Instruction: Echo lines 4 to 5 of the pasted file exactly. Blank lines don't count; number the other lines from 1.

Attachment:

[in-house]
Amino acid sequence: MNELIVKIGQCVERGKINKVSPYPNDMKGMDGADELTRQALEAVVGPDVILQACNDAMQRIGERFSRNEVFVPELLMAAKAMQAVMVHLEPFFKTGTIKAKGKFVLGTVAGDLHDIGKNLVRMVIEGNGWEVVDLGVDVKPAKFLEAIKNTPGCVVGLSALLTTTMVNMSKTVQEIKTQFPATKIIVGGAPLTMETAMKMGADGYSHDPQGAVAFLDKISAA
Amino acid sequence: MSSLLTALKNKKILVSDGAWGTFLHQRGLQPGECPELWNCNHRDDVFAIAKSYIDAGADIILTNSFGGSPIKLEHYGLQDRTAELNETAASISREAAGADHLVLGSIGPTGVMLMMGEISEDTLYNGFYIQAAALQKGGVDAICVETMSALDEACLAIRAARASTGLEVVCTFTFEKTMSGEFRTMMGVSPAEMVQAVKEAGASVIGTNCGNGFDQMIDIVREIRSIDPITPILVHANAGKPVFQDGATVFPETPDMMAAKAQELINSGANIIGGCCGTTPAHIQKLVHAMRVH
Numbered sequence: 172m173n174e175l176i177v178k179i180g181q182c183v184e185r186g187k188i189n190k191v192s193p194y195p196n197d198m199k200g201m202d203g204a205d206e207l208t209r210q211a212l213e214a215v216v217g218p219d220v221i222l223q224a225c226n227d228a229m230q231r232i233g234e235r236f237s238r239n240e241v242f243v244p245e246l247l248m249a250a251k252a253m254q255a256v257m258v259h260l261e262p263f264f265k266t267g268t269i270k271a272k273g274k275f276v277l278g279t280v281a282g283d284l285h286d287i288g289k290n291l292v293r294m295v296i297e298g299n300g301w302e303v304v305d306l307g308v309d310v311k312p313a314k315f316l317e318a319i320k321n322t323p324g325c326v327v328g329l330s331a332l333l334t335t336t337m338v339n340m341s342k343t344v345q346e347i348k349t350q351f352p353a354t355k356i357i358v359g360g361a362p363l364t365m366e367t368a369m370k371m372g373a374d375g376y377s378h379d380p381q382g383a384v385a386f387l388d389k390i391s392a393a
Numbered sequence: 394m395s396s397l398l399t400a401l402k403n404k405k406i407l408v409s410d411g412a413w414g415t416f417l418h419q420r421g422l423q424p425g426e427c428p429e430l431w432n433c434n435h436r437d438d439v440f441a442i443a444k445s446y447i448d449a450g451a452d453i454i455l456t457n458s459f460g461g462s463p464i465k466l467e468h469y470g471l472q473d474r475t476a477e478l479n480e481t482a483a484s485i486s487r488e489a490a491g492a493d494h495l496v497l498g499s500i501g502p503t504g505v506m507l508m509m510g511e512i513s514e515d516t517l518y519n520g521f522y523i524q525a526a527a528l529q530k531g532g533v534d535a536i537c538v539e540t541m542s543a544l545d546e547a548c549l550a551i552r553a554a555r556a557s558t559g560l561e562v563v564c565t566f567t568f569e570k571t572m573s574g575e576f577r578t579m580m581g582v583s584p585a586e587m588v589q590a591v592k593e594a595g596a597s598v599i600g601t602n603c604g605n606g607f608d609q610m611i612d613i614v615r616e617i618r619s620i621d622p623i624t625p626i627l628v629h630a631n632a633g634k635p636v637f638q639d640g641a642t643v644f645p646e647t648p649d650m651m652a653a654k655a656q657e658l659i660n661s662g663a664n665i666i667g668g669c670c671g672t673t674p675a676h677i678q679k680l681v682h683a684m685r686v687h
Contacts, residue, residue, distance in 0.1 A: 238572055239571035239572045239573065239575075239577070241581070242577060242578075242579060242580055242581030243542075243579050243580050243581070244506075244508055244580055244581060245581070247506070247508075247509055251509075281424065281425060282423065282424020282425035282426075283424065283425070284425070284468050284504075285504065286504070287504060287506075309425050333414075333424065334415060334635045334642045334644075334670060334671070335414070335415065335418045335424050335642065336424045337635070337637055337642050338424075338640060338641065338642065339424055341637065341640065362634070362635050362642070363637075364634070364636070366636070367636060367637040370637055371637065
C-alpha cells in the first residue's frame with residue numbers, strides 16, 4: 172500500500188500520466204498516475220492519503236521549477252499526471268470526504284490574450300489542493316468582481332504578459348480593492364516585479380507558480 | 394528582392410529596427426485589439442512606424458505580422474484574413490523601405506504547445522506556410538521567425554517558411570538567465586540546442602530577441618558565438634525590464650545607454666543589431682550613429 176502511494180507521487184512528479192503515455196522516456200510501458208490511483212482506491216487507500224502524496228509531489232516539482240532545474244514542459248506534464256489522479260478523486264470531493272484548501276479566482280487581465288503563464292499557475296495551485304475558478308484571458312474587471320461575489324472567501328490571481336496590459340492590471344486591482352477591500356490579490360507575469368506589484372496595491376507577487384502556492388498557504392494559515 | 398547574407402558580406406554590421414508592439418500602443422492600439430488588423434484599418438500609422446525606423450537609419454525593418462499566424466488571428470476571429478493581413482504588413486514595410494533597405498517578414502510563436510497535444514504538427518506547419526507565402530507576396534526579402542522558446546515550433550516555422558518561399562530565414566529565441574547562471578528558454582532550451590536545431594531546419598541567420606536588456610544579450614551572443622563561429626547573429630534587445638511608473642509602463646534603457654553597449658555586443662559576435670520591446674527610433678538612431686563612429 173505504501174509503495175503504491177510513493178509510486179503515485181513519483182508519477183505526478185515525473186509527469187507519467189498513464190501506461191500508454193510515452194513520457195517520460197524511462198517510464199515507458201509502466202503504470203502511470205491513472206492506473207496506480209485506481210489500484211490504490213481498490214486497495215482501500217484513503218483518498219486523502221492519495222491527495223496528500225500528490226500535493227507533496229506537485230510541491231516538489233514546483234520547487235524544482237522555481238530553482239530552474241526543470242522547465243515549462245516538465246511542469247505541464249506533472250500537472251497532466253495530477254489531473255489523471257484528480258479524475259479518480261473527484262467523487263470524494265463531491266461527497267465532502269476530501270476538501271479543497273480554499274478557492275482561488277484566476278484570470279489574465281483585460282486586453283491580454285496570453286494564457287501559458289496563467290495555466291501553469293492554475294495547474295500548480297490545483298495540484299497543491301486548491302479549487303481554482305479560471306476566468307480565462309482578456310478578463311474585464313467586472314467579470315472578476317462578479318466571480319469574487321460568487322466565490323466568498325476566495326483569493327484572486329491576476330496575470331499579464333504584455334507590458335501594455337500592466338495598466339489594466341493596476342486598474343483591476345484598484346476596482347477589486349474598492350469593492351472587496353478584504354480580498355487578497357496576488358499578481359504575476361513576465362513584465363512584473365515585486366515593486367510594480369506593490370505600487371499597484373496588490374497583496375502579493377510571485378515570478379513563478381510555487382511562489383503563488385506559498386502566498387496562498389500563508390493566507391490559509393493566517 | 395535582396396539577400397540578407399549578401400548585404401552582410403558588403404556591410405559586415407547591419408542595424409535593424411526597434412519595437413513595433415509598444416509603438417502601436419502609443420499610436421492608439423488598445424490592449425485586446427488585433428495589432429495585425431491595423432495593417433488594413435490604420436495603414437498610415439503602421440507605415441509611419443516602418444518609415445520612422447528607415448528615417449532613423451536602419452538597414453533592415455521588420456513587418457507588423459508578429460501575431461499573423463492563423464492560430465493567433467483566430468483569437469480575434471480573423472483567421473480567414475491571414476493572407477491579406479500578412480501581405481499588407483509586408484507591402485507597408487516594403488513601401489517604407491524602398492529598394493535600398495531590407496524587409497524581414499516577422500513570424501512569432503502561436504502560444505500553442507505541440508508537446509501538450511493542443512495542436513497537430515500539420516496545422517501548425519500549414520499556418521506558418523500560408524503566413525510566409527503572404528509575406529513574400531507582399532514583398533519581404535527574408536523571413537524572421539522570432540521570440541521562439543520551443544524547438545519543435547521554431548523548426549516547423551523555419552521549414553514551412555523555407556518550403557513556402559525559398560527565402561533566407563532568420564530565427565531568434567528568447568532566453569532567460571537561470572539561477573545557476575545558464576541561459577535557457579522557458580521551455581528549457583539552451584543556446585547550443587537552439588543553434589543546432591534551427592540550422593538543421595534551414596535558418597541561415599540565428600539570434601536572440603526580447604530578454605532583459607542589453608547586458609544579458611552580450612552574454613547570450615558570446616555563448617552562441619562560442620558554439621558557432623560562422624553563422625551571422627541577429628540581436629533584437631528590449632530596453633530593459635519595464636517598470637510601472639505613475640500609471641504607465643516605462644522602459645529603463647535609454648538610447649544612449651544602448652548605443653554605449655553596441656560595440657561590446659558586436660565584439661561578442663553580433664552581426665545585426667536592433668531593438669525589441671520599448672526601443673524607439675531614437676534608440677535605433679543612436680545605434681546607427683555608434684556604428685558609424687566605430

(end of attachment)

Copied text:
Numbered sequence: 172m173n174e175l176i177v178k179i180g181q182c183v184e185r186g187k188i189n190k191v192s193p194y195p196n197d198m199k200g201m202d203g204a205d206e207l208t209r210q211a212l213e214a215v216v217g218p219d220v221i222l223q224a225c226n227d228a229m230q231r232i233g234e235r236f237s238r239n240e241v242f243v244p245e246l247l248m249a250a251k252a253m254q255a256v257m258v259h260l261e262p263f264f265k266t267g268t269i270k271a272k273g274k275f276v277l278g279t280v281a282g283d284l285h286d287i288g289k290n291l292v293r294m295v296i297e298g299n300g301w302e303v304v305d306l307g308v309d310v311k312p313a314k315f316l317e318a319i320k321n322t323p324g325c326v327v328g329l330s331a332l333l334t335t336t337m338v339n340m341s342k343t344v345q346e347i348k349t350q351f352p353a354t355k356i357i358v359g360g361a362p363l364t365m366e367t368a369m370k371m372g373a374d375g376y377s378h379d380p381q382g383a384v385a386f387l388d389k390i391s392a393a
Numbered sequence: 394m395s396s397l398l399t400a401l402k403n404k405k406i407l408v409s410d411g412a413w414g415t416f417l418h419q420r421g422l423q424p425g426e427c428p429e430l431w432n433c434n435h436r437d438d439v440f441a442i443a444k445s446y447i448d449a450g451a452d453i454i455l456t457n458s459f460g461g462s463p464i465k466l467e468h469y470g471l472q473d474r475t476a477e478l479n480e481t482a483a484s485i486s487r488e489a490a491g492a493d494h495l496v497l498g499s500i501g502p503t504g505v506m507l508m509m510g511e512i513s514e515d516t517l518y519n520g521f522y523i524q525a526a527a528l529q530k531g532g533v534d535a536i537c538v539e540t541m542s543a544l545d546e547a548c549l550a551i552r553a554a555r556a557s558t559g560l561e562v563v564c565t566f567t568f569e570k571t572m573s574g575e576f577r578t579m580m581g582v583s584p585a586e587m588v589q590a591v592k593e594a595g596a597s598v599i600g601t602n603c604g605n606g607f608d609q610m611i612d613i614v615r616e617i618r619s620i621d622p623i624t625p626i627l628v629h630a631n632a633g634k635p636v637f638q639d640g641a642t643v644f645p646e647t648p649d650m651m652a653a654k655a656q657e658l659i660n661s662g663a664n665i666i667g668g669c670c671g672t673t674p675a676h677i678q679k680l681v682h683a684m685r686v687h